Music industry urged to lighten up

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The music industry faced some criticism at its own international conference this week, with one speaker telling the audience to learn from the Internet’s “dark side.”"There is…

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Wow, 40 billion downloads a year, and 38 billion are pirated revenue stealers. That’s a lot of songs. Of course, over the air radio provides more songs worldwide every year than that, and ALL of those are revenue stealing freebies. I just don’t understand how the music industry stays in business, poor, underpaid, overworked, underappreciated souls.:rolleyes:

out of 40 billion songs, you think 38 billion are actually lost sales? People only have so much cash and finite budgets, and lots of other options to spend their cash. I think even if there weren’t digital downloads, they’d be seeing less than 20 percent of that as actual losses. They tend to forget thats lot of people are willing to take it for free, if they had to shell out, thats a whole different ball game, they might want a dvd or save up for a car, or just flatass broke. I really think the amount of lost sales is a small percentage of actual pirated music.

Sadly, sarcasm does not come across well in text. :slight_smile: Clearly THEY think every download is a lost sale. My comment about radio being a loss for every listen was to mock their belief that every download is a loss. :slight_smile:

It’s funny how some distributors like Rhino are getting it: Give the people something they don’t already have, like remastered albums, live cuts, interviews and cover art. Talk about fighting the future, I’m surprised more labels aren’t dead at this point in time.

If more and more artists decide to go it alone like Radiohead and NIN, maybe we will see more of the major record labels toppeling.

The problem is that bands need the promotion that record labels provide. Without them, most people would probably never have heard of NIN, NIN wouldn’t have got the press about allowing albums to be downloaded free and the free download may not have been as successful.
A big problem for the record labels has been that they’ve been seen to be greedy. We’ve all heard about bands making albums that didn’t sell that well & have had to pay back the advance to make the album, or bands with bad lawyers who didn’t negotiate well & have made pennies per album, even though the album was a smash hit.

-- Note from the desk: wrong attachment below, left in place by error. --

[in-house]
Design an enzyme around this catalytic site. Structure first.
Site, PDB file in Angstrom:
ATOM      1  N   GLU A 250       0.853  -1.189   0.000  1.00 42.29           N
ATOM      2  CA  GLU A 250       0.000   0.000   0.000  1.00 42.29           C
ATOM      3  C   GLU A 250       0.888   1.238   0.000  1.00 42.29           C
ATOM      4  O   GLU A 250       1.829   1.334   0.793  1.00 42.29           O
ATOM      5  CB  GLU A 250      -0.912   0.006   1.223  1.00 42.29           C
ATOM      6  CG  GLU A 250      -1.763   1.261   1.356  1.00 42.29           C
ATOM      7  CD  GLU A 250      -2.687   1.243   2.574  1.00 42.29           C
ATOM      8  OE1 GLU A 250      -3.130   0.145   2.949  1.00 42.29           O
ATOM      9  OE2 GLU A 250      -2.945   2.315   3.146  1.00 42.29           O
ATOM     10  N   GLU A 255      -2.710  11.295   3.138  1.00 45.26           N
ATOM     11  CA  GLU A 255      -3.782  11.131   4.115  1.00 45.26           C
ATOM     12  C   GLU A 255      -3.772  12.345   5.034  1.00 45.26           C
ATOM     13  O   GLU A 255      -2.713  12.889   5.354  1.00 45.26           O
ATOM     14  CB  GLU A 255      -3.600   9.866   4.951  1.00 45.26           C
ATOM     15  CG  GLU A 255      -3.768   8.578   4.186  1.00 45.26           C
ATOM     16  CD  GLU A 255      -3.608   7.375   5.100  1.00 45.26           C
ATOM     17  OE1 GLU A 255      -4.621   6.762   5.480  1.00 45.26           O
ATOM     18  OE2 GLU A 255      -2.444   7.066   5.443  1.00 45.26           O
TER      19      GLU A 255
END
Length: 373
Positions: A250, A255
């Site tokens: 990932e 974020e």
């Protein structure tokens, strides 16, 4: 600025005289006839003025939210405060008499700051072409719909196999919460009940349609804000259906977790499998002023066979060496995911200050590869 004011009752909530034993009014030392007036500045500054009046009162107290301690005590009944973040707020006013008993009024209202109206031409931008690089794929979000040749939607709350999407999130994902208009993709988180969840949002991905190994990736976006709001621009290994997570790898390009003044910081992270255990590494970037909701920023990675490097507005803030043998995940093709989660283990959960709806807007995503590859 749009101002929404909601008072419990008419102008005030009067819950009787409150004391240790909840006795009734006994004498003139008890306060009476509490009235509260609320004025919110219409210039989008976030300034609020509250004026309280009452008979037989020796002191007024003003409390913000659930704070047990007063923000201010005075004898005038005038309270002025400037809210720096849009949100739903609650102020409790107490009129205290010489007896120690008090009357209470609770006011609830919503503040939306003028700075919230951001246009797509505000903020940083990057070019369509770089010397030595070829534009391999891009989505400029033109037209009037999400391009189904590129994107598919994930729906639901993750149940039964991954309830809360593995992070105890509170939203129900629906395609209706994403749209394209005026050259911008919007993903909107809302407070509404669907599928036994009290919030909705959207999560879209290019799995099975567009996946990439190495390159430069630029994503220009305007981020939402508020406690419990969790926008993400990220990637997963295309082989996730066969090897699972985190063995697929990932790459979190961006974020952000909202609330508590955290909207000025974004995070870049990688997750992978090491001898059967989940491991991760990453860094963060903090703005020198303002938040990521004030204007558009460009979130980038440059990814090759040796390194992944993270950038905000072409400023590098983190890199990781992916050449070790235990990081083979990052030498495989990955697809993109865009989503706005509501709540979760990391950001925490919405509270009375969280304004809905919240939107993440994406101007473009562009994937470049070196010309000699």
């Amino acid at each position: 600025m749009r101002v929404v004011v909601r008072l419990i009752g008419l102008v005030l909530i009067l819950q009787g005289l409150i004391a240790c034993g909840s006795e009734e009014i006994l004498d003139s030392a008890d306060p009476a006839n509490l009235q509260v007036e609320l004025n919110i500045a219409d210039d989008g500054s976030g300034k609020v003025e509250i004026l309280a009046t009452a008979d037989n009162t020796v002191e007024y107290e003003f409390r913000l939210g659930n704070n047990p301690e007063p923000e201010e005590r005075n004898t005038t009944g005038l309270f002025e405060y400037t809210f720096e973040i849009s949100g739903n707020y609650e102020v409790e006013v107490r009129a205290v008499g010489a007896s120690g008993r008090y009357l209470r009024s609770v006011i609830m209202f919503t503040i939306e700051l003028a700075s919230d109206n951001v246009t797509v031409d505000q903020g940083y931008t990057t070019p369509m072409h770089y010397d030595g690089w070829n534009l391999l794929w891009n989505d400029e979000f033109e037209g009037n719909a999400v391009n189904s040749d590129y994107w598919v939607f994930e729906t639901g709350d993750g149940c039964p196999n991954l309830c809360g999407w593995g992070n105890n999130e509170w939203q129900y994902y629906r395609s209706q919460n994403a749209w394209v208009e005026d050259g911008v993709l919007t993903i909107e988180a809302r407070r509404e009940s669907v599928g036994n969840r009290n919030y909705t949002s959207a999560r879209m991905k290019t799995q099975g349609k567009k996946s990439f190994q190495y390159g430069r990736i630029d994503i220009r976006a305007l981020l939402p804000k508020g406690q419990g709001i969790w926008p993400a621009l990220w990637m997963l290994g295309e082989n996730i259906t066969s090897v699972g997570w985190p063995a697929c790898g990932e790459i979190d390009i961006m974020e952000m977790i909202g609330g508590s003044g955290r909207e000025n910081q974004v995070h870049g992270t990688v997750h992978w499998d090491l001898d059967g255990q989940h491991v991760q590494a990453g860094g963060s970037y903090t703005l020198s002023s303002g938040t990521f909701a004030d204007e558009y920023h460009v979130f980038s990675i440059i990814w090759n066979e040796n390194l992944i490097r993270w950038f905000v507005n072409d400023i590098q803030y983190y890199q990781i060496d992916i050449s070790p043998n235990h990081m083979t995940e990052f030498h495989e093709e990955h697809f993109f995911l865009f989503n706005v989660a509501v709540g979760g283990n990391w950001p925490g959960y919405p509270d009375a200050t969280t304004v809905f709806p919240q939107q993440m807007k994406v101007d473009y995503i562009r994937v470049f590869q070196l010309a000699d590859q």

Until the record labels and the RIAA show good faith, nobody’s going to feel sorry for them. Trying to get the ISPs to block internet access of supposed “pirates” isn’t going to do it.
I purchased the AC/DC album when it came out because I’d like to have gotten nice cover art and lyrics, & I wanted to support the band. I got a cardboard CD case & no lyrics. That’s not very good marketing.

Oh, another thing.
The price of downloads has to come down. iTunes has the right idea with $0.69 songs. A buck a song is rediculous. It’s the same price as buying the CD, which gives you a physical medium, a cheap cardboard case and some artwork. Come on, there’s no transportation cost, CD pressing costs, etc.

I can’t remember the last time I paid for music. There are so many ways to listen to music legally without buying anything.

Then again I’m not a MP3 addict, I can actually do things without a MP3 player near by.

Topher, the difference being is that you can buy individual tracks rather than paying $16 for a disc that might have 3 or less songs worth remembering.

The fact is, the music company has always been corruption, full of rock 'n roll pimps trying to cut into any profit that the true artists deserves, making them sign away the rights to their own songs for the enticement of having their music distrubted to the world. We always hear about artists like Radiohead willing to buck the old ways, but not the music industry (executives) who ar einterested in nothing but $$$.

Ramza, you must be late 20s or older! Every kid I see @ work and college has either an MP3 player or cell phone fused to one side of their head. If you aren’t, I’m sincerely impressed, because maybe there is hope for future generations.

True, but there are bands, like Ac/Dc, that I’d buy the whole album from. I paid around $13 (I see it’s about $10 now) but if I’d paid by the track, it would have been $16. Individual tracks should be around $0.80 ($1 may be okay) & albums should be $2 less than retail, since the costs are less. It’s been a while since I’ve checked prices though, so perhaps they already are.

Spotify is great btw :slight_smile: